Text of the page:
In silence and on that ancient beach, I prayed using the Benedictine Daily Prayer, wrote the previous blog, took some pictures, and listened to the soft sounds that came from the Bok Carillon Tower. Edward Bok once said, “Not only must the carillon be in tune, the hearers must be in tune with the carillon.” It felt that way today.
I am writing this from Historic Bok Sanctuary in Lake Wales, Florida, USA.
The name aptly describes this beautiful combination of God’s beauty and human art. It was completed in 1929 and presented as a gift to the American people by Edward Bok. Before he left his native Netherlands to come to the United States, his wise grandmother had encouraged him: “Make you the world a bit more beautiful and better because you have been in it.”
And that he did. Historic Bok Sanctuary is a Frederick Law Olmsted, Jr-designed garden and 205-foot Gothic and art deco Carillon Tower — one of the best loved places for a spiritual renewal in Florida.
The land is ancient, the gardens are from a by-gone era and it has earned its name as a Florida Higher Place.
The silence quickly fills my soul while sitting or walking through the Bok Sanctuary. After a day at the Sanctuary, it feels as if I have been away a week. The age and beauty of this place has a lot to do with that I think.
While the gardens are super, it is the time sitting on a wooden bench along the Pine Ridge Trail — a nearly desert-looking untouched area of the Lake Wales Ridge in the Sanctuary that brings me closest to the silence and to God.
It may seem odd to have cactus in Florida, but the ecosystem has plenty and they were in bloom today. As is God’s peace..
There are many monastic gems in the Pope's writings about St. Benedict. In the following article, you can pick out your own. One of my favorites is, "St. Benedict's work and his Rule led to "a true spiritual ferment which over the course of the centuries - well beyond the confines of his homeland and his time - changed the face of Europe and created, with the collapse of political unity, a new spiritual and cultural unity, that of the Christian faith shared by the people of the continent""
The increasing number of oblates is the result of a similar spiritual ferment which can be seen moving through the world now.
All of the following is a quote from the Vatican Information Service (VIS):
ST. BENEDICT: FATHER OF MONASTICISM, PATRON SAINT OF EUROPE
VATICAN CITY, 9 APR 2008 (VIS) - Benedict XVI dedicated his catechesis during this morning's general audience to St. Benedict of Nursia, "the father of western monasticism, who with his life and work exercised a fundamental influence on the development of European civilisation and culture". The audience, held in St. Peter's Square, was attended by 20,000 people.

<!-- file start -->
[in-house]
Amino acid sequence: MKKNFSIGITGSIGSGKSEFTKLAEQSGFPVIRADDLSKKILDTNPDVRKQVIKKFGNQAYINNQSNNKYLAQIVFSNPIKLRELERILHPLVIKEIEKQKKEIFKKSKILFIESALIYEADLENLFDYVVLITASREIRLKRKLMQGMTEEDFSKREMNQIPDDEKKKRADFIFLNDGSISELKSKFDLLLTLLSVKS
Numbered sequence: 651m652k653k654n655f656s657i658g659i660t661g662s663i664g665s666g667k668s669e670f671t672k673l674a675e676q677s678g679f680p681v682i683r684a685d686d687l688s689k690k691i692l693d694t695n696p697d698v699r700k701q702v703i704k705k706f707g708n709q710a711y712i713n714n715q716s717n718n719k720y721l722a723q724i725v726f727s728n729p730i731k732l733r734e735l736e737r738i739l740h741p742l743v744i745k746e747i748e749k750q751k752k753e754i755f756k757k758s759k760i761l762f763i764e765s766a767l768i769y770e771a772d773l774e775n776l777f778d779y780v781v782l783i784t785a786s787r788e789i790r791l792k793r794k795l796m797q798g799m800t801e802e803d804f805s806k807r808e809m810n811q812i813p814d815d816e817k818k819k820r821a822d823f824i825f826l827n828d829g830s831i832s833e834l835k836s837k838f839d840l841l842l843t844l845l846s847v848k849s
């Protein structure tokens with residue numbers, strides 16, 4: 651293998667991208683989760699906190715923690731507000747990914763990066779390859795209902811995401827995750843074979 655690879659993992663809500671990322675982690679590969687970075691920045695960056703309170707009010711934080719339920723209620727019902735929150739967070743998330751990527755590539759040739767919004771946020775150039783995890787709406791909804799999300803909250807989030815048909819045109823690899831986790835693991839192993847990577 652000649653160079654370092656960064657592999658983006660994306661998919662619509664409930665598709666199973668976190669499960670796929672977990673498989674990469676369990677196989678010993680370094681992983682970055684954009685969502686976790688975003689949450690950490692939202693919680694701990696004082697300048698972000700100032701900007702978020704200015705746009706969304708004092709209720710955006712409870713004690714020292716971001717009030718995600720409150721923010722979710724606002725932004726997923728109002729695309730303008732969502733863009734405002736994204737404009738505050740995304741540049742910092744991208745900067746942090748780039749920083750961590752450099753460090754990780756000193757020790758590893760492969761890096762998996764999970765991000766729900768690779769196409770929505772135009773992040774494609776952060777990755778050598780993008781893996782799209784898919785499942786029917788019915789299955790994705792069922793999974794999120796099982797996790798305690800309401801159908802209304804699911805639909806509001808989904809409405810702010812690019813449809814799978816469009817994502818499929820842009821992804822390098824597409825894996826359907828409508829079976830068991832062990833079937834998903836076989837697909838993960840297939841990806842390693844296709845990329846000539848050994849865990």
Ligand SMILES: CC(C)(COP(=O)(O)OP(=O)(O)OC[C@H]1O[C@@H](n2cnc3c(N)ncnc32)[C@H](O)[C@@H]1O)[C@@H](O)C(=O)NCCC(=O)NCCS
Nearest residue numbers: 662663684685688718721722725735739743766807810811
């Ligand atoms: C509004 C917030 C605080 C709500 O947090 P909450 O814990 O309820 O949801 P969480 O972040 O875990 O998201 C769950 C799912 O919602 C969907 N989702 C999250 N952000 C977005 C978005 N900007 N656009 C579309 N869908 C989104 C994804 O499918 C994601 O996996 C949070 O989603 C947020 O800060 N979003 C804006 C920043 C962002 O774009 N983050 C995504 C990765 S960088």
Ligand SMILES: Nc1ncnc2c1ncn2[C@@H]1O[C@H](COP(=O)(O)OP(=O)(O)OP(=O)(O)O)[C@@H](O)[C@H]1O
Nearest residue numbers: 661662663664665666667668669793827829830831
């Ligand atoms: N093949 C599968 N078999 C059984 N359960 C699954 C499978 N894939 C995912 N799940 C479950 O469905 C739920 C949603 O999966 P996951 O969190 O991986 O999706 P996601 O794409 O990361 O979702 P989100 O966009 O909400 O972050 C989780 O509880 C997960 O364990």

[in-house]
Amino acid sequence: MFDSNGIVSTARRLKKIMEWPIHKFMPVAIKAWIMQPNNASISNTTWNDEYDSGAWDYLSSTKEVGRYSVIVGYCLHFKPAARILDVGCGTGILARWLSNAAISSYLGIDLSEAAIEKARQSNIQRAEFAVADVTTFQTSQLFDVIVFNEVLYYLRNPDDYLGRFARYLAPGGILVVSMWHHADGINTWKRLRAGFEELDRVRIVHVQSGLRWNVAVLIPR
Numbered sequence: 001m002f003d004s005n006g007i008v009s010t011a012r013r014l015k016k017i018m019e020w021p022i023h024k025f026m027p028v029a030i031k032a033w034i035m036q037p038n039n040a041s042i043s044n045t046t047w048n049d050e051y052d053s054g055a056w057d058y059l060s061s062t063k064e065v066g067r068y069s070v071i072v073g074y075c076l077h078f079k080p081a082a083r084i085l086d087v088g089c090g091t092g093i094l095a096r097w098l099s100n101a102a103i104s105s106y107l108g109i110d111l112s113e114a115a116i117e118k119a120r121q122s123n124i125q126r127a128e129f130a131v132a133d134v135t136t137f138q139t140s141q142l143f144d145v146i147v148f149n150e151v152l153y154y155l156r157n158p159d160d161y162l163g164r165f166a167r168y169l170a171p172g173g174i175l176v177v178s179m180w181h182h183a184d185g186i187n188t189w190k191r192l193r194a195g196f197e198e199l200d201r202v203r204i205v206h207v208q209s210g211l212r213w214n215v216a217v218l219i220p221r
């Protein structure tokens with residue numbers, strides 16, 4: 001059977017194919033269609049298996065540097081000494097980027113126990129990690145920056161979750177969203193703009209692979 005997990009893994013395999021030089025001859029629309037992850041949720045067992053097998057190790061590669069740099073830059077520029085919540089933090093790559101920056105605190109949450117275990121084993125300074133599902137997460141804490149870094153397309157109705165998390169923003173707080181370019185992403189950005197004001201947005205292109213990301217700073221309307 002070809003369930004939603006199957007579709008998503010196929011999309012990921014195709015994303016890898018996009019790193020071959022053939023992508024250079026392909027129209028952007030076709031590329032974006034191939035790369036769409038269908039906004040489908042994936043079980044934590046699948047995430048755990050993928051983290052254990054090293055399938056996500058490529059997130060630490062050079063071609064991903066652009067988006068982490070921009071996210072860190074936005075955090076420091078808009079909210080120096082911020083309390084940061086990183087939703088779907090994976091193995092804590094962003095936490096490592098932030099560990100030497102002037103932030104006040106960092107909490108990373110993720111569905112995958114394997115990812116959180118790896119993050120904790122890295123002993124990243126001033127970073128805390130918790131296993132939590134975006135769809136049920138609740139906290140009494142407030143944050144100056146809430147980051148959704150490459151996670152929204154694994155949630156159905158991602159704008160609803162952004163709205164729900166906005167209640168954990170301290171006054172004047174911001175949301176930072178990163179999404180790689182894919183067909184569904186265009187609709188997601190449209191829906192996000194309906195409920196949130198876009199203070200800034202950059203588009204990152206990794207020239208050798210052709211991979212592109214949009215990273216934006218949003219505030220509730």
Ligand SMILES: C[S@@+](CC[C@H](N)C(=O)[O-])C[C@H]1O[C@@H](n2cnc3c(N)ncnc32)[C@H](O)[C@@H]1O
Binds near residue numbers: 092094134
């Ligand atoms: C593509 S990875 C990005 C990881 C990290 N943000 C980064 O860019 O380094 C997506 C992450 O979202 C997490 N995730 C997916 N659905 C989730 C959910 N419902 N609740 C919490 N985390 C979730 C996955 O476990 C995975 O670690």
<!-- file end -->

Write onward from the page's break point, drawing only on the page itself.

The most important source for the life of the saint, the Pope explained, is the second book of "Dialogues" written by St. Gregory the Great, in which Benedict features as the "shining star" who shows the way out of the "dark night of history", in other words, the crisis of values and institutions caused by the fall of the Roman empire.
St. Benedict's work and his Rule led to "a true spiritual ferment which over the course of the centuries - well beyond the confines of his homeland and his time - changed the face of Europe and created, with the collapse of political unity, a new spiritual and cultural unity, that of the Christian faith shared by the people of the continent".
St. Benedict was born to a wealthy family around the year 480. He went to school in Rome but before completing his studies retired to a monastic community in Enfide. Subsequently he spent three years in a cave at Subiaco where he "underwent the three fundamental temptations that all human beings face: self-affirmation and the desire to place oneself at the centre, ... sensuality, ... and anger and revenge". This, said the Holy Father, was because "St. Benedict was convinced that only by overcoming these temptations would he be able find the right words to give others in their situations of need".
In the year 529 the founder of the Benedictine Order moved to Monte Cassino, "a height that dominates the surrounding plains and is visible from a distance". This was a symbolic decision on the saint's part, said the Pope, because "monastic life has its raison d'etre in withdrawal and concealment, but a monastery also has a public role in the life of the Church and of society".
Throughout his life St. Benedict "was immersed in an atmosphere of prayer, the main foundation of his existence. Without prayer there is no experience of God, but Benedict's spirituality was not an interior life divorced from reality. In the disquiet and confusion of his time, he lived under the gaze of God and with his own gaze fixed upon God, though without losing sight of his daily duties and the concrete needs of mankind".
St. Benedict died in 547. His famous Rule "provides useful advice not only to monks but to everyone seeking guidance on their journey to God. For its precision, its humanity, and its sober discernment between what is essential and what is secondary in spiritual life, the Rule has maintained its illuminating power up to today".